- The shooting death of Medgar Evers in Mississippi
- Greensboro 4
- Little Rock Nine
- Freedom Riders attacked
- Birmingham Alabama Bombing of the Sixteenth Street Baptist Church
- 3 Civil Rights Activist, Chaney, Goodman and Schwerner slain by the KKK
- Malcom X Murdered
- 50 demonstrators beaten by police on Pettus Bridge in Selma Alabama
- Dr. Martin Luther King assassinated in Memphis Tn, April 4, 1968
But it did not stop the Movement. It continued and grew according to the issues of our times, and morphed to include Vietnam Anti-War Movement. Today, social movements which have the latest communications technologies at their disposal, are certainly not lacking issues, both foreign and domestic. Still no one has achieved anywhere near that of the earlier movement accomplishments during the 50's to mid 70's. However, group meetings, demonstrations and petitions are all too common which we receive in our emails daily. We sign and sign some more. Actions are planned and Street Theater Arts are everywhere. Mock prisons are set up to provide visuals of the abuse of detainees.
Millionaires for Bush, Rev. Billy, Code Pink, moveon.org, all have their banners and signs on sticks, painted faces and drum corps. Yes, we do have social reform movements today. However, the actions have yet to provide substantial change. We're still in Iraq and are in the spin stage of invading Iran. Our civil liberties have been shredded and reduced to pre 1950's level and yet we continue on in our performances as organizations ricochet off each other sounding the same rhetoric. Still nothing has changed. If anything, it has gone backwards in terms of achievements.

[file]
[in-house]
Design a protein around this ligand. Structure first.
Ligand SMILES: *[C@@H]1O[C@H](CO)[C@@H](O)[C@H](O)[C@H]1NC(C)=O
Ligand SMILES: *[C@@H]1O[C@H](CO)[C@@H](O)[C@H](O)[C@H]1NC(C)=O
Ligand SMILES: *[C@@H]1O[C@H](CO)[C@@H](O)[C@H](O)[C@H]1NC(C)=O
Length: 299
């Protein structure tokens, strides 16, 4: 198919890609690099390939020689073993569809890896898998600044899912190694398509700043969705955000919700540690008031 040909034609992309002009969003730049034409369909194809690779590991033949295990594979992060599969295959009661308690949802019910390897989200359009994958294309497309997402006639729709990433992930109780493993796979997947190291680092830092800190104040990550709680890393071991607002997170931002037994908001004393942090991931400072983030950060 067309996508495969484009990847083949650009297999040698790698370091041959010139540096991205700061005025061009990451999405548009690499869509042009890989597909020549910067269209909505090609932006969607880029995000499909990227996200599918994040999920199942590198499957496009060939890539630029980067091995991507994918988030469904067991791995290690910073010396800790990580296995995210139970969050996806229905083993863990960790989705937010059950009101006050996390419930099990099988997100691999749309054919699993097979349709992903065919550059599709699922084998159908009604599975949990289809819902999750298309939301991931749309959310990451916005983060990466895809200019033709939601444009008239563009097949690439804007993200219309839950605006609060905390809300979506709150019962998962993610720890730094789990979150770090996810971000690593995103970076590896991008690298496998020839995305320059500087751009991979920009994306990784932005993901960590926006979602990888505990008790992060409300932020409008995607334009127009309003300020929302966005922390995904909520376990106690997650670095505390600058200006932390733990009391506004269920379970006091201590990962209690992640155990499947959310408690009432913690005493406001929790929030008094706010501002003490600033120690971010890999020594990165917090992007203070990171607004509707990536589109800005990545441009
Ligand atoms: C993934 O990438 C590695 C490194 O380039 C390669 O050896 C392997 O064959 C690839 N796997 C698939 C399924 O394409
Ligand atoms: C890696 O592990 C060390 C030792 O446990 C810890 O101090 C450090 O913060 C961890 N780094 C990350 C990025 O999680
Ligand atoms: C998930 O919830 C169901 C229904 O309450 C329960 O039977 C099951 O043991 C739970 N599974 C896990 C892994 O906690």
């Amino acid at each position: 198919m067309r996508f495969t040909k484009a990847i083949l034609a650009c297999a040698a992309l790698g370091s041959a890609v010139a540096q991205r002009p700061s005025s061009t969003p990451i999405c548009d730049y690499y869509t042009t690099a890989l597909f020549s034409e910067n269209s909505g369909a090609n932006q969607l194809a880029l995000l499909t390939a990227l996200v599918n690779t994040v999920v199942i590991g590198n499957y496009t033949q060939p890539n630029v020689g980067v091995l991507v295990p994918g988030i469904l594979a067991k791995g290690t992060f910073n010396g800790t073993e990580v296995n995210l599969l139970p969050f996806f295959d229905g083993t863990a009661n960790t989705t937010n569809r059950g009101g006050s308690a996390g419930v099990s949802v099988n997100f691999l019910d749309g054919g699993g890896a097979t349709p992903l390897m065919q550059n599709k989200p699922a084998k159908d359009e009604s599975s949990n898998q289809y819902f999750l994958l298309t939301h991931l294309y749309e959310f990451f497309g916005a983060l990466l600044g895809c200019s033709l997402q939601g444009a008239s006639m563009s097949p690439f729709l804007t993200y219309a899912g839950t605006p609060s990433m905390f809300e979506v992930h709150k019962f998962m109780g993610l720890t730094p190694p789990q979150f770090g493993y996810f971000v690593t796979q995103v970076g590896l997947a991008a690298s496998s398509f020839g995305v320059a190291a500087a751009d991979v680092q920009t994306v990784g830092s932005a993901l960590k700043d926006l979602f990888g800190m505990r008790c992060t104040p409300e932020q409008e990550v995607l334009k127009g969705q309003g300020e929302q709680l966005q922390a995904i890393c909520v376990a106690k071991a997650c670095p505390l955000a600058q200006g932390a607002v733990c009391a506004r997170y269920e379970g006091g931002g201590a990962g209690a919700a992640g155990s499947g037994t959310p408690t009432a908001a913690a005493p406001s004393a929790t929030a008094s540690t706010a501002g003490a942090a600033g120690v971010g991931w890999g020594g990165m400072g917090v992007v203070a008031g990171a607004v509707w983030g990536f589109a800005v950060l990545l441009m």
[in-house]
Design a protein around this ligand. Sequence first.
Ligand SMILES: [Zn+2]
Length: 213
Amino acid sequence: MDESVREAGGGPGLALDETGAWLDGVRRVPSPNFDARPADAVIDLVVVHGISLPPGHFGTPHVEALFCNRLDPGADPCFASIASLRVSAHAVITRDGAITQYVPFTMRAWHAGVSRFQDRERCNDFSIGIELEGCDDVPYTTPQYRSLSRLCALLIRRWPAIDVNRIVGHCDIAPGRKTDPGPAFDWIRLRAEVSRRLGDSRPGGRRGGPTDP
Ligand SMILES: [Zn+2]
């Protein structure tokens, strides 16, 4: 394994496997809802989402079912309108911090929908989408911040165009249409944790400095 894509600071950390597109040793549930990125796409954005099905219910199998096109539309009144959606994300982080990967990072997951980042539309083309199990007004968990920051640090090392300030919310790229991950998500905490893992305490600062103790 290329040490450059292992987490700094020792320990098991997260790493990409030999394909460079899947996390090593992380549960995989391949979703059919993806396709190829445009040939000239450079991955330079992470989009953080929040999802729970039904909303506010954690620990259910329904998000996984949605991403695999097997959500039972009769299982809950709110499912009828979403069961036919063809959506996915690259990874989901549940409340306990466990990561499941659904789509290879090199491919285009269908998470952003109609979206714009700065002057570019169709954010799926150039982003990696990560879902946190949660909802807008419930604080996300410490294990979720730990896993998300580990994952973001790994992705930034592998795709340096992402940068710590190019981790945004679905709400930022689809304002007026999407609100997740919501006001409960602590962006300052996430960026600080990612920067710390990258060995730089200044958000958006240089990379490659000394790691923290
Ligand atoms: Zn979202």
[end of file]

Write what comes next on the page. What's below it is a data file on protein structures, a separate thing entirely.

We also lack today the tools, legal resources that we had in the 50's -70's due to changes in federal laws regarding their own transparency and accountability. Today's movement, where directors are paid as consultants, and think tanks explain to groups what they need to do; where issues are good to go and there are detailed plans for achieving those goals. It appears that the anti-war movement today has also created a new industry, whereby a group's task is governed by those at the top of the chain, a paying job usually.
It's agony to attend social reform meetings these days, as not one has provided a plan. Not a set of goals, nor have they made the changes to our failing system regarding the invasion in Iraq, domestic policies, as well as foreign policies. We seem to be stuck in the, "Can you attend... sign, donate cash," phase while the beat of the war drums continue on and the death toll gets higher on all sides.
Nothing has changed in Washington as a result of any grass root effort. However, slogans are memorized, shouted, and then it's over and the next day's news for each group, sends out a tally to it's mailing list that it was a successful action. They simply report the number of people who attended. No mention of any changes reached; no follow up.